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Terry2404

Taking Wide Boat across channel to France

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Hi everyone, I am planning to buy a cabin boat in the UK, taking it over the British Channel and starting from France going through Europe. Question 1: Is it difficult to cross the Channel? Do people do it?

Question 2: From Where is it done to where?

Question 3: Costs?

The size of cabin boat I have in mind is 8 meters long and 3 meters wide with 50 horse power diesel engine.

As a lot of people have suggested having the boat loaded onto a truck and taken over, has anyone got any contacts? So far I have been told a figure by the company I am looking to purchase the boat from of £4000, would this seem reasonable?

 

Edited by Terry2404

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1.Depends on skill and weather conditions.Yes .

2.England (although Ireland or Wales also possible).

3.Yes

You will need qualifications.

Edited by rusty69

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Unless you have experience of sea-going boats I'd suggest that the best way for you to cross one of the worlds busiest waterways is to load it on a truck.

Do you have your VHF radio licence ? - if not, how do you plan to contact the humungous ships that you are trying to pass - you are going across the 'traffic lanes', its like trying to walk across the M1 motorway but 20 miles wide - not 100 yards.

You don't need qualifications to skipper a boat in UK waters but you do in Europe - Do you have the necessary skippers qualifications to enter French (and other European) waters ?

You will need a wide range of 'ships papers' which generally you would not get if buying a small boat in the UK.

On arrival in France you will need to present a copy of ......................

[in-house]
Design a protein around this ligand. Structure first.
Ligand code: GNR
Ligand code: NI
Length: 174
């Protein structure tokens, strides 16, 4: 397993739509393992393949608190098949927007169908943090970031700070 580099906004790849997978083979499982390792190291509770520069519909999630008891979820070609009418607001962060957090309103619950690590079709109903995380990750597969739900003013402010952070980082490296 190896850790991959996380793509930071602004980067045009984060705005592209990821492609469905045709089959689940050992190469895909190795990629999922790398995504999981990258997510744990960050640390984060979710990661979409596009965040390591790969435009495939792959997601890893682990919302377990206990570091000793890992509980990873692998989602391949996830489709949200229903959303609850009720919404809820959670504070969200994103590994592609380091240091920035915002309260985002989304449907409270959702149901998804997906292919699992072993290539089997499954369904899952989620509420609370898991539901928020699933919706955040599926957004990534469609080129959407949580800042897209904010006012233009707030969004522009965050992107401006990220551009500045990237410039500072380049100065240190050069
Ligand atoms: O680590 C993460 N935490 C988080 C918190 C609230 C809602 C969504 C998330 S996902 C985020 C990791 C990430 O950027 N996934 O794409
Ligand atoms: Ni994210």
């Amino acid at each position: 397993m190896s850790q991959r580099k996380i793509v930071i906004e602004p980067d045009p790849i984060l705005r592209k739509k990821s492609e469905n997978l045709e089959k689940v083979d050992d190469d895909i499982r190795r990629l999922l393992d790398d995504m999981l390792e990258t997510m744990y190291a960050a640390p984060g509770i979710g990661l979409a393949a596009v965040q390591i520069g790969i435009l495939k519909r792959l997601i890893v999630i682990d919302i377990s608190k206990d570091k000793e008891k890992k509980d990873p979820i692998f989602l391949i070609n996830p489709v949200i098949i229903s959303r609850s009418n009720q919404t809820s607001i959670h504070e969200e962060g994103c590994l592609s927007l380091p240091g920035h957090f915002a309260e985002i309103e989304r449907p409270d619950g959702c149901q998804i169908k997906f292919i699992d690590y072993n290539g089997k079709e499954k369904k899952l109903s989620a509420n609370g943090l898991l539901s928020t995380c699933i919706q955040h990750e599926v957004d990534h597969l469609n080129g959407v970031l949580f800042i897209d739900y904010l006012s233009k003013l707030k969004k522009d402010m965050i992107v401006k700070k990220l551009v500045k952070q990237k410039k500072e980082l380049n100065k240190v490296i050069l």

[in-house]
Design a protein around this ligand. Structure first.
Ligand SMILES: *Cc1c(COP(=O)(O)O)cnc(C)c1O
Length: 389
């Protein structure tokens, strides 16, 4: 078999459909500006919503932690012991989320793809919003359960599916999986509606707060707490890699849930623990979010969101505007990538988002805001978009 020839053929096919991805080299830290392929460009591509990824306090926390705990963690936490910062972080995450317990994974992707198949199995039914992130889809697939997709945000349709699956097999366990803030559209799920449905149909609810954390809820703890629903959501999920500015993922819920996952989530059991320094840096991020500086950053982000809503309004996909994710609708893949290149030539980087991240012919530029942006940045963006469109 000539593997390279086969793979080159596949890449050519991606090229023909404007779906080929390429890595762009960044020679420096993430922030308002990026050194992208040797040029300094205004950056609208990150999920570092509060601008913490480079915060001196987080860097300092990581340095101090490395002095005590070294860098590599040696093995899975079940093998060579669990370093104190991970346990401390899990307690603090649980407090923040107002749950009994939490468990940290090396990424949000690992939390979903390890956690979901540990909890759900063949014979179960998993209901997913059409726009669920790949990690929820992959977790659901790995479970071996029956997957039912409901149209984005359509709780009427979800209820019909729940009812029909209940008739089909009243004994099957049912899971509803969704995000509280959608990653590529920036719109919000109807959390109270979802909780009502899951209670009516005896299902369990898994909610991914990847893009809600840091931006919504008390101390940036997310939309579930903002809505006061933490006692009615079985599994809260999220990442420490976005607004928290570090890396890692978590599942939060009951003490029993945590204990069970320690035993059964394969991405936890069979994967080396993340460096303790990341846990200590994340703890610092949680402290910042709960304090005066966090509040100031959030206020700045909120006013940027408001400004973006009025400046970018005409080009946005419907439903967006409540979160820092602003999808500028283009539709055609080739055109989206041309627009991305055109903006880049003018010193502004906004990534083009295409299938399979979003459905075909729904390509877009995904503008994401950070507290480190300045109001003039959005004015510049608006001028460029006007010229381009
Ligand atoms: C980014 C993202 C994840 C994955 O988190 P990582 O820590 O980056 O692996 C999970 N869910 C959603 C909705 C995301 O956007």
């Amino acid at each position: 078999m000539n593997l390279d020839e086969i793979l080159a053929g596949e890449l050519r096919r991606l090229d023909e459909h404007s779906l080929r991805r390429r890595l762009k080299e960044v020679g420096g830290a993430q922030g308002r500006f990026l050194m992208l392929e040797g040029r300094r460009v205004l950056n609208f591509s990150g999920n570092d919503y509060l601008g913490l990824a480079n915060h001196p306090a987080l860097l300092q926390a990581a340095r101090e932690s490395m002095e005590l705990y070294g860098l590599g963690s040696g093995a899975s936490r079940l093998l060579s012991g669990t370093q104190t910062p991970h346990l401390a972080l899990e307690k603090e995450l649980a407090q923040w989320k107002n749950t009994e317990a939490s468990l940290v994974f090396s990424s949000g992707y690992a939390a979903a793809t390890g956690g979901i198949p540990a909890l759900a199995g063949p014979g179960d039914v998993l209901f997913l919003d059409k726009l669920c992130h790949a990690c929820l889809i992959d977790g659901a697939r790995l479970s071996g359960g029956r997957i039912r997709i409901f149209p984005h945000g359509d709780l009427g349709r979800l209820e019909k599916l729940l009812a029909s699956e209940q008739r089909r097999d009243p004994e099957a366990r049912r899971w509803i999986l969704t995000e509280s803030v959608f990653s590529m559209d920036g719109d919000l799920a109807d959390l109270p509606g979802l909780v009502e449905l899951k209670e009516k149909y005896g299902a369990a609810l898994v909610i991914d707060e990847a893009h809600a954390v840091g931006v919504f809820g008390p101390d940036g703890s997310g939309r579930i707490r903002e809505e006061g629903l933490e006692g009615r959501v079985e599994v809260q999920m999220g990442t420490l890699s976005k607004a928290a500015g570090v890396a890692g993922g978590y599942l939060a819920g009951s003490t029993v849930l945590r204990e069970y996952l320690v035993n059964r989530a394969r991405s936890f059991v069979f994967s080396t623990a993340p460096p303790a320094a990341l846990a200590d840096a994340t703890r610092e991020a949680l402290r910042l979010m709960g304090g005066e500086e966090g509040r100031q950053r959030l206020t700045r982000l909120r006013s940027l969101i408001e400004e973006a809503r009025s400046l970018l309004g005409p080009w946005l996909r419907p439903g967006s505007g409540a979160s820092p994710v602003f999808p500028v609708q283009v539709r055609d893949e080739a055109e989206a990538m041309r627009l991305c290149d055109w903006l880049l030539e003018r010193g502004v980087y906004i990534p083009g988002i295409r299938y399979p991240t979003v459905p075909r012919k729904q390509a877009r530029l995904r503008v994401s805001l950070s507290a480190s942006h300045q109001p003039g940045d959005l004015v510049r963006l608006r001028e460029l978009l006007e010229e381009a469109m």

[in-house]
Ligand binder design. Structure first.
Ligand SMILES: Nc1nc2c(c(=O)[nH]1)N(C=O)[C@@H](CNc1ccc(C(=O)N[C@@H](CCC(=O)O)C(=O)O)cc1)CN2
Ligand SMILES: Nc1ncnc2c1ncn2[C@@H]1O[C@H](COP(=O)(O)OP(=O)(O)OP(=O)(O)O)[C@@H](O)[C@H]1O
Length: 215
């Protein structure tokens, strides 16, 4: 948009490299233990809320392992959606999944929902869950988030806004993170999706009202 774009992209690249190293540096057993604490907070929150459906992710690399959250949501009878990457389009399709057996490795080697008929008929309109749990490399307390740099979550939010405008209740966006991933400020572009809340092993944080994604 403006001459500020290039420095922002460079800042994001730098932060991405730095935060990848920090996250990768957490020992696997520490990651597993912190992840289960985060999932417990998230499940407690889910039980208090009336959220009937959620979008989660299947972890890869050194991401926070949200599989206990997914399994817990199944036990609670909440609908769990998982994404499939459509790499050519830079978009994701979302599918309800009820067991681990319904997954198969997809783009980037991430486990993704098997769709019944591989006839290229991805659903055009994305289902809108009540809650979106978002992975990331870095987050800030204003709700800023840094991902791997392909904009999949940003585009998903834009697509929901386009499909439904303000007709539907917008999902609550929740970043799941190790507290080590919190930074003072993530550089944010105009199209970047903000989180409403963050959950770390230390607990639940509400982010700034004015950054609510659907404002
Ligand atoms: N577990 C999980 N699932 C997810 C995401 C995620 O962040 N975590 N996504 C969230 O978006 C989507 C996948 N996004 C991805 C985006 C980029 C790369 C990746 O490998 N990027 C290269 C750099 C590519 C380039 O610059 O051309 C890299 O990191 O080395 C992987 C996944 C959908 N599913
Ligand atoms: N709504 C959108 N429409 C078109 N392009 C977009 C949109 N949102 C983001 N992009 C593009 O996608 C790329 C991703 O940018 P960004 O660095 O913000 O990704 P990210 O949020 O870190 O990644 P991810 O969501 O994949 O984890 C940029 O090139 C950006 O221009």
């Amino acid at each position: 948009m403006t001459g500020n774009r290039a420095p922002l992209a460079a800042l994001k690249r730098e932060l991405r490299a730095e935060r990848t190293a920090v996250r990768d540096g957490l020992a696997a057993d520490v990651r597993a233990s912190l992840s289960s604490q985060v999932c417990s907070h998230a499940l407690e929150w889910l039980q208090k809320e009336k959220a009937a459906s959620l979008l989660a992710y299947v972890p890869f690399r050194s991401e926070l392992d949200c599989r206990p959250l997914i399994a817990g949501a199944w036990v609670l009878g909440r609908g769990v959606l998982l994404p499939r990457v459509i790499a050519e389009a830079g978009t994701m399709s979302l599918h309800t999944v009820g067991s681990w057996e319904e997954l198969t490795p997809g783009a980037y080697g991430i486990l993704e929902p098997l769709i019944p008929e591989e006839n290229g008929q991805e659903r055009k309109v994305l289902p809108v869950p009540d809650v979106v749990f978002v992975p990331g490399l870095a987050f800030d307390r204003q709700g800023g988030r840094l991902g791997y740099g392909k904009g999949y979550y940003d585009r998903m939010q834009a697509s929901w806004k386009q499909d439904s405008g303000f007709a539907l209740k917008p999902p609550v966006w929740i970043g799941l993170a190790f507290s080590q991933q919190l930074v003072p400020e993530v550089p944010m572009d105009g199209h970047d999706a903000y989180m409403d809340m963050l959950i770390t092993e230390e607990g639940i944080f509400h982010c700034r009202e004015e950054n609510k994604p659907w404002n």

Just check the attached for details,

 

http://www.rya.org.uk/knowledge-advice/boating-abroad/Pages/paperwork.aspx

 

Just as an aside - I would not go with a single engine.

Edited by Alan de Enfield

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1 minute ago, Alan de Enfield said:

.....is to load it on a truck.

Would the truck not sink?

:giggles:

  • Haha 2

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When I and a mate crossed the channel in a Wayfarer sailing dinghy, all we took were sandwiches and a bottle of rum and my wallet, no passports nothing. We sailed into a yacht club at Cap gri Nez or some such place and the members there were tremendous, trailed the boat around to the Calais ferry terminal and we humped it onto the ferry, French customs weren't bothered at all, because we were going I suppose. At Dover the chaps there were also very helpful humping it off the ferry for us where I ran off for my trailer after the British customs had dealt with us, were very suspicious though and held us up a long time explaining the situation. I showed them my driving licence and an old raffle ticket which seem to satisfy them and let us go.

  • Greenie 3

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Whoa, slow down, small boats can and do cross the channel, some small boats can be quite seaworthy, some just aren't. The usual way is down the Thames, round Kent and sort of keep going, thing is though that you need to hit France in the right place, miss all the other boats, and not sink in bad weather,  that needs navigation skills and a radio and an engine that will keep going and a lot of other stuff. France requires some paperwork, no red diesel in the tank, only road diesel is legal, and the skipper needs some qualifications and a radio licence. There is other stuff too. BUT, all of this is possible, none of this is an impossible block on what you want to do, none of this is impossibly expensive but it will take a while to get it all together. The commercial European canals - which you cannot completely avoid - really do need some knowledge as well, boats are big and fast and lock procedures matter, its not like over here. Brexit may throw up as yet unknown problems too.  However, its well worth doing, its a bigger world, the weather is (usually) nicer and lots of people do it so have a go. (Oh, you will need some French as well)